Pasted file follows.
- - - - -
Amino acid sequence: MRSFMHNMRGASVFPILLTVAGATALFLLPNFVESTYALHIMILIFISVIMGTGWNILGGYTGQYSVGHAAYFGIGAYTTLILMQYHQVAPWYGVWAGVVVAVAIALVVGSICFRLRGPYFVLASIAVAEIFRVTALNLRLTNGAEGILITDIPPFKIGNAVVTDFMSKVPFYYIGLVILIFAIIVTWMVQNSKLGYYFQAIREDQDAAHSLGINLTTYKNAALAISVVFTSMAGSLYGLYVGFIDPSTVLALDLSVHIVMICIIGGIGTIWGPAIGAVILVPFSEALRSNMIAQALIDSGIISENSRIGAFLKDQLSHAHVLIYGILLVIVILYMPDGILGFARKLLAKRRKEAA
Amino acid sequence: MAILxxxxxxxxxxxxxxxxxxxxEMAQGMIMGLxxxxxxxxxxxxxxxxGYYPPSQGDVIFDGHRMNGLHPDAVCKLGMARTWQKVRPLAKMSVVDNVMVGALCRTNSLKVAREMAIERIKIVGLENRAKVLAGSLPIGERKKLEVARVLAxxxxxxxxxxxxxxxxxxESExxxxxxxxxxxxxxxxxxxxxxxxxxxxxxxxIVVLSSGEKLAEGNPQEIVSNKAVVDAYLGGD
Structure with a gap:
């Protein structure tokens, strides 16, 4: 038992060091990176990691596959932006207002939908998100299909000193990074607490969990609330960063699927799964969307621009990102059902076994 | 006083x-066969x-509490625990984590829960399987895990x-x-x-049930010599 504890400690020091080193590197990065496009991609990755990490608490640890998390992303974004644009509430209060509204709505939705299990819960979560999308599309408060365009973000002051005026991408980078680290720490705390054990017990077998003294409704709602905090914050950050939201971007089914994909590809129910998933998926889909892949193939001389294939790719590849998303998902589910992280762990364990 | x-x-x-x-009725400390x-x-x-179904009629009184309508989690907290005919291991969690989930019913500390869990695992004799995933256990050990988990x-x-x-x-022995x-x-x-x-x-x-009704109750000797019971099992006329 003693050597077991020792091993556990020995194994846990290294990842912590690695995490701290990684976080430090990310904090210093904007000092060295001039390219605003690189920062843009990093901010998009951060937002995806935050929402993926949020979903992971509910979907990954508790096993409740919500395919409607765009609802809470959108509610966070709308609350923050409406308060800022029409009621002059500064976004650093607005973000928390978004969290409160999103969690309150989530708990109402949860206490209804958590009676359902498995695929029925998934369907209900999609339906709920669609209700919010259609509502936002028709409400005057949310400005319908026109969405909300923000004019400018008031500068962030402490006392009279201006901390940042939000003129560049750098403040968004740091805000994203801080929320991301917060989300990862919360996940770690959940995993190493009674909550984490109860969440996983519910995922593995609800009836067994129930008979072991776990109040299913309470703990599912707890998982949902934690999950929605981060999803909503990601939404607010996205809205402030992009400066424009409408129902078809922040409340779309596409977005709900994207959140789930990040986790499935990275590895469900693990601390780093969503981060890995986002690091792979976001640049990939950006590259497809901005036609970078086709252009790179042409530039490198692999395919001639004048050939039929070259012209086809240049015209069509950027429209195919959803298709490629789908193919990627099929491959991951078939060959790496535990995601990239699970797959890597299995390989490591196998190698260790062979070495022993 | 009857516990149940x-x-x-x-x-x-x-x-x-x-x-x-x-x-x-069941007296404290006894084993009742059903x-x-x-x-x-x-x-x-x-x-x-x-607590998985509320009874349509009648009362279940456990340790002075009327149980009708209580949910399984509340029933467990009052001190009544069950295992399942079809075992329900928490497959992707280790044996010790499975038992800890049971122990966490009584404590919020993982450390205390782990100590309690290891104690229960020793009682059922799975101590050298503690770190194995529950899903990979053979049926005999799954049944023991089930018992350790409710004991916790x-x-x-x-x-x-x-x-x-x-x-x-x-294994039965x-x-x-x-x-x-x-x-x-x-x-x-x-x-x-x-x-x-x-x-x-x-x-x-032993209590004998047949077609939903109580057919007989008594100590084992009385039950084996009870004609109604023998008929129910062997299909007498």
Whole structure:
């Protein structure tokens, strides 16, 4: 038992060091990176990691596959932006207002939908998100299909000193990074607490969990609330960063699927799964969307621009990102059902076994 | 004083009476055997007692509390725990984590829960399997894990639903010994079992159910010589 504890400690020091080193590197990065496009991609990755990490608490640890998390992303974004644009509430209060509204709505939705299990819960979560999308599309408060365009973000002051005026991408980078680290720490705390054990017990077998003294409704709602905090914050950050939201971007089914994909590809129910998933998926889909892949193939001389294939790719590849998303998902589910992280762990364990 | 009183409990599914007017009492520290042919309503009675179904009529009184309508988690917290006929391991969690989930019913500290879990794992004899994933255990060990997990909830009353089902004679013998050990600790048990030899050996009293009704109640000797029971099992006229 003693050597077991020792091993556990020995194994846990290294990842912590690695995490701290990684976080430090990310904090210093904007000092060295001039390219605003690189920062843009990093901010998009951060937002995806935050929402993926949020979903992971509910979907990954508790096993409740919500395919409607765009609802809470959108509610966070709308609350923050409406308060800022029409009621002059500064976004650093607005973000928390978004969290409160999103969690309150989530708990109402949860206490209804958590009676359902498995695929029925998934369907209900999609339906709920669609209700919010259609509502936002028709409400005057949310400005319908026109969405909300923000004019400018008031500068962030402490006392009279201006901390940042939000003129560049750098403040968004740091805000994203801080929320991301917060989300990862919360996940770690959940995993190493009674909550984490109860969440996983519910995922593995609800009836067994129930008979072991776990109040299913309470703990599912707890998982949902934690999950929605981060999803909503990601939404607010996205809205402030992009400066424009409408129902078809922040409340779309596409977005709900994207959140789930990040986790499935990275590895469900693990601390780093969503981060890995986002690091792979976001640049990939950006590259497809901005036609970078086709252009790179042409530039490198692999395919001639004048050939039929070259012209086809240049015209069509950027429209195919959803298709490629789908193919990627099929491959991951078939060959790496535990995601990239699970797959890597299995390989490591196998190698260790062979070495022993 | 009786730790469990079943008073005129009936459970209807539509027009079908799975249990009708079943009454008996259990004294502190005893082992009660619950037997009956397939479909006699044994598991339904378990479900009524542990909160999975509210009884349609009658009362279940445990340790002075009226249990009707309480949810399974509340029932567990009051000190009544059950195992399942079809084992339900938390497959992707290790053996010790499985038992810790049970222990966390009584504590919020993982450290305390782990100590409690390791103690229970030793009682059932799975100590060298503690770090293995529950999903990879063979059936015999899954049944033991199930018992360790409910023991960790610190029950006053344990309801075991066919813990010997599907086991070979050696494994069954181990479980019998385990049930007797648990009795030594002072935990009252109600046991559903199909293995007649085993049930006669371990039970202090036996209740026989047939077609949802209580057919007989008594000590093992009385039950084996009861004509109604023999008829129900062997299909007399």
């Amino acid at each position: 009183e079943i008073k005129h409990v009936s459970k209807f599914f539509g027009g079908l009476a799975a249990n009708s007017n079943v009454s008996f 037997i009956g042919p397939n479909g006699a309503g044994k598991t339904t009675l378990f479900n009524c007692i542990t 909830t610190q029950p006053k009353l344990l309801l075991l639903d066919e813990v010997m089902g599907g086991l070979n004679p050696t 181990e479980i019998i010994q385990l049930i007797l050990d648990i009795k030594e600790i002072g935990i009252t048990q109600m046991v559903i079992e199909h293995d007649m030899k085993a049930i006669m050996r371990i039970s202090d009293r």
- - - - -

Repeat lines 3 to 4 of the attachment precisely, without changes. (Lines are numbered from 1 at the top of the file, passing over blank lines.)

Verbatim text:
Structure with a gap:
């Protein structure tokens, strides 16, 4: 038992060091990176990691596959932006207002939908998100299909000193990074607490969990609330960063699927799964969307621009990102059902076994 | 006083x-066969x-509490625990984590829960399987895990x-x-x-049930010599 504890400690020091080193590197990065496009991609990755990490608490640890998390992303974004644009509430209060509204709505939705299990819960979560999308599309408060365009973000002051005026991408980078680290720490705390054990017990077998003294409704709602905090914050950050939201971007089914994909590809129910998933998926889909892949193939001389294939790719590849998303998902589910992280762990364990 | x-x-x-x-009725400390x-x-x-179904009629009184309508989690907290005919291991969690989930019913500390869990695992004799995933256990050990988990x-x-x-x-022995x-x-x-x-x-x-009704109750000797019971099992006329 003693050597077991020792091993556990020995194994846990290294990842912590690695995490701290990684976080430090990310904090210093904007000092060295001039390219605003690189920062843009990093901010998009951060937002995806935050929402993926949020979903992971509910979907990954508790096993409740919500395919409607765009609802809470959108509610966070709308609350923050409406308060800022029409009621002059500064976004650093607005973000928390978004969290409160999103969690309150989530708990109402949860206490209804958590009676359902498995695929029925998934369907209900999609339906709920669609209700919010259609509502936002028709409400005057949310400005319908026109969405909300923000004019400018008031500068962030402490006392009279201006901390940042939000003129560049750098403040968004740091805000994203801080929320991301917060989300990862919360996940770690959940995993190493009674909550984490109860969440996983519910995922593995609800009836067994129930008979072991776990109040299913309470703990599912707890998982949902934690999950929605981060999803909503990601939404607010996205809205402030992009400066424009409408129902078809922040409340779309596409977005709900994207959140789930990040986790499935990275590895469900693990601390780093969503981060890995986002690091792979976001640049990939950006590259497809901005036609970078086709252009790179042409530039490198692999395919001639004048050939039929070259012209086809240049015209069509950027429209195919959803298709490629789908193919990627099929491959991951078939060959790496535990995601990239699970797959890597299995390989490591196998190698260790062979070495022993 | 009857516990149940x-x-x-x-x-x-x-x-x-x-x-x-x-x-x-069941007296404290006894084993009742059903x-x-x-x-x-x-x-x-x-x-x-x-607590998985509320009874349509009648009362279940456990340790002075009327149980009708209580949910399984509340029933467990009052001190009544069950295992399942079809075992329900928490497959992707280790044996010790499975038992800890049971122990966490009584404590919020993982450390205390782990100590309690290891104690229960020793009682059922799975101590050298503690770190194995529950899903990979053979049926005999799954049944023991089930018992350790409710004991916790x-x-x-x-x-x-x-x-x-x-x-x-x-294994039965x-x-x-x-x-x-x-x-x-x-x-x-x-x-x-x-x-x-x-x-x-x-x-x-032993209590004998047949077609939903109580057919007989008594100590084992009385039950084996009870004609109604023998008929129910062997299909007498």